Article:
Creating something brand new and fresh aka “creator owned” is always an experiment with the unknown.

      And i’m sure that even the crappiest, most poorly received Batman story arc does sales numbers that most indies would kill for.

    • @wally: I think we’re on the same page. I see the term mainstream as a descriptor for things that are supported by VAST numbers of people out there. So –fair or not — I’m putting comic books in the same narrative entertainment media environment as prose books, video games, movies, TV, live theatre and opera*. And in that context, comics aren’t anywhere close to mainstream.

      But even using it within the comics niche, “mainstream” is problematic (in a way that it maybe wasn’t 20-30 years ago). Icon books are published by Marvel but owned and managed by the creators — mainstream or indie? The Walking dead has grown into a pretty serious multimedia success — is it still an indie book?

      I guess I just feel like mainstream/indie are tricky labels that are more value-charged than descriptive.

      *I don’t have any numbers, and I’m not trying to bash opera, but given modern cultural preferences, wouldn’t it be maybe a little sad if more people saw a performance of Aida than read a Spider-man comic?

    • @ken–yeah its gets confusing…and much like music and movies…i think “indie” in comics is as much a genre and style for comics as it is a definition about their place in the market.

      personally, when i hear “indie comics” i think of black and white semi-autobiographical OGN’s…. kinda emotional and introspective kinda stuff. I know there is other stuff..but thats what jumps into my mind first.

    • I have to agree with Ken here. Using ‘mainstream’ is a bit of a misnomer when discussing comics. Clearly the big 2 dominate sales and are owned by massive international companies, but then where does that leave imprints like Icon and Vertigo? Sure those books are controlled and marketed by the creators but simply having the recognition on being on a Marvel or DC imprint has to add some recognition. The sales might not be as large, but it seems to me it’s getting harder and harder not to include publishers like Image and Dark Horse in the ‘mainstream’ category. I mean if that definition is all about using preexisting characters, such as Star Wars, Aliens, Predator, then Dark Horse should clearly be included. Not to mention Hellboy is a Dark Horse property and is probably the best known non-super hero comic character in mainstream American society. Plus Walking Dead is the highest rated show on AMC. If those two examples aren’t mainstream, I don’t know what is.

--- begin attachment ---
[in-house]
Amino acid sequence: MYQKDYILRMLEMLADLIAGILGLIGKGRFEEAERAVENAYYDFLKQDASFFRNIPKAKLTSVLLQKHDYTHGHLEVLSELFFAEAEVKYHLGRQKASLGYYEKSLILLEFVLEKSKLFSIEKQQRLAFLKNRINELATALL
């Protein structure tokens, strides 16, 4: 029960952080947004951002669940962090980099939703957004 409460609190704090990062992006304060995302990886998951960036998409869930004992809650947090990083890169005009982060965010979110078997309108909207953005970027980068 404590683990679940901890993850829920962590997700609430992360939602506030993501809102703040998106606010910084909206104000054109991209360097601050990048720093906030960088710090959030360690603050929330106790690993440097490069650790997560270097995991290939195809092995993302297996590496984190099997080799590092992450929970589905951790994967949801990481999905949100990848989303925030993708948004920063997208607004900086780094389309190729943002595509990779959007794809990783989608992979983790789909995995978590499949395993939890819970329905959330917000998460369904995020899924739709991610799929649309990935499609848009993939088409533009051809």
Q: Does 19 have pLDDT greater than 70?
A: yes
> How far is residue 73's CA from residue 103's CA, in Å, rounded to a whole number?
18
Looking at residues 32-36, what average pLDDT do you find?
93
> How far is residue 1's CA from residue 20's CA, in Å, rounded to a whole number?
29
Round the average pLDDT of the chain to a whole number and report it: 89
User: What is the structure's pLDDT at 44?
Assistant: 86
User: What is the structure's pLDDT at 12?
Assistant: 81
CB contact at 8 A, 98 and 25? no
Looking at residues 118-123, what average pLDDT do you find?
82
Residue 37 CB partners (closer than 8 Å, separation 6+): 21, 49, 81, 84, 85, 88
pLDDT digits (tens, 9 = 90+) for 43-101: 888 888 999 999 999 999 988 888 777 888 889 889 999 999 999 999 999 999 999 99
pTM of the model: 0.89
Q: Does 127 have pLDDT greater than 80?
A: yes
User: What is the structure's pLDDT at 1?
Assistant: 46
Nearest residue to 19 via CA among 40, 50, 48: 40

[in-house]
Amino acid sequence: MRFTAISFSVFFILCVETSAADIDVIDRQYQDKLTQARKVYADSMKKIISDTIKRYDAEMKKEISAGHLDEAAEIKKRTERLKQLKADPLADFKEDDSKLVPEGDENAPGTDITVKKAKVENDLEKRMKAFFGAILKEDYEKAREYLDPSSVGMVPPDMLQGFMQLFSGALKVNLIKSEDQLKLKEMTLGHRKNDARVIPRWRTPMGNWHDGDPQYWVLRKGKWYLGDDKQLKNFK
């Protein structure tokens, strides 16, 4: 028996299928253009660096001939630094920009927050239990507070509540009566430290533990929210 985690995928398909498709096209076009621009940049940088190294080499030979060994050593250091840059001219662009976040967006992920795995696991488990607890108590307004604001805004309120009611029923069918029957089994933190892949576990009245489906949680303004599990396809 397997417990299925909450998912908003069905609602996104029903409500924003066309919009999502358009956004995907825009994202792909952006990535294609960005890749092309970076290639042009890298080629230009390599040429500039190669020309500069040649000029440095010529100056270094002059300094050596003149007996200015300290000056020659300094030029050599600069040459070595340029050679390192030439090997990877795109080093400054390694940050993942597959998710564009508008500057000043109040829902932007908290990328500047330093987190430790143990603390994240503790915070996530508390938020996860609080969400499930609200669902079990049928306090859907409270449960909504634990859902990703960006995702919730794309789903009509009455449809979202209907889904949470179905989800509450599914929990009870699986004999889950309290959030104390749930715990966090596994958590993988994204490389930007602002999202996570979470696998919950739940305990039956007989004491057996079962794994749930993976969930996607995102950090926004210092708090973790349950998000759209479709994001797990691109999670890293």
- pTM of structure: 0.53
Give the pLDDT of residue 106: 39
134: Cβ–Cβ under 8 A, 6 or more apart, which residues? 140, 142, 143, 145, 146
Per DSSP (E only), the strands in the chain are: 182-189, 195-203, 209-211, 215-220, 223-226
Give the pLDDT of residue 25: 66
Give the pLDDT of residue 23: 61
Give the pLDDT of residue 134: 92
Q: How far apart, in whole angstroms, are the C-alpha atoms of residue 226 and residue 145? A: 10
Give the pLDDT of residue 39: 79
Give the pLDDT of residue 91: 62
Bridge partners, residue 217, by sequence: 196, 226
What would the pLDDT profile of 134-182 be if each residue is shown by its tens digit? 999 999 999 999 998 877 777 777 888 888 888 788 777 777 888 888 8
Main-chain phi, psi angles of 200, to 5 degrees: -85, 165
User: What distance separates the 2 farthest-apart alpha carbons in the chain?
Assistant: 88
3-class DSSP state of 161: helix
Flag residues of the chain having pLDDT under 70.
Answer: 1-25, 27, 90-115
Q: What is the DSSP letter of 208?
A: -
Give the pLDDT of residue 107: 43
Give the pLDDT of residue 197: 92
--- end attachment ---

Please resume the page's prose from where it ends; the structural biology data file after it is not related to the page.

4. Man, Daredevil made Top X lists all over, and landed the #1 spot on almost all of them.

    Glad I got the chance to read most of these, and some of those that I haven’t read are in my box waiting for me to have the time.

  5. “mainstream” comics, 9 outa 10 times, are the better for a reason: more people buy and love them, thus making them contenders for best of the year. what other criteria would one observe from? i mean, you find gems here and there that are fantastic and it seems like no one is talking about them. for me it’s baltimore. and even though it was some of the best books of the year in my world, i totally understand why it didnt make this list. not enough hype or love from my peers
    as comic book fans we are small in number, but there is still a mainstream amongst ourselves, right?

    on a side note, kinda surprised an issue of JIM didnt make the list and i am really surprised to see W&TXM did make it.

    • There is a mainstream amongst ourselves, but it’s become one of those “comic book-isms” that only make sense to hardcore comic book people (like “creator-owned” or “day and date”). A certain book is only mainstream because it’s supported by a large percentage of a very small percentage of the potential audience.

    • So they’re better because more people buy them? Personally, i think a work of art or lierature should stand on it’s own regardless how many copies it sells. I don’t have a problem with this particular site being mainstream heavy, as that’s the audience it caters to. Still, it would be nice to see a little diversity. Optic Nerve, Ganges, or Tlaes to Thrizzle, perhaps? All good issues, all stood on their own.

      I don’t blame the mainstream focus, one of the most shocking things that struck me when i came back to comics last year was the shift of most indy comics away from the single issue format to a more long form or prestige format. I’ve tried my best to support those that have stuck with the direct market. It would a major shame if it truely became a straight up genre ghetto that most think it is.

    • i said becuz more people buy AND LOVE them. i dont want to see a comic on a “best of” list that only 12 people read, regardless how great those few people think it is. and i dont think a work of art “should” do anything except be a work of art. there are no rules in art. it just has to be

    • @ken
      i see what you mean

    • Limp Bizket’s Gold Cobra was bought and loved by more people than who bought and loved Fucked Up’s David Comes to Life. If that Limp Bizket album made it onto a Best Of list over the Fucked Up one based on that criteria, opinions aside, that list would be incorrect. Same thing with comics, just on a slightly different scale. Besides, whose to say that those twelve people aren’t right, and that what they’re reading isn’t exponentially better than what the masses like?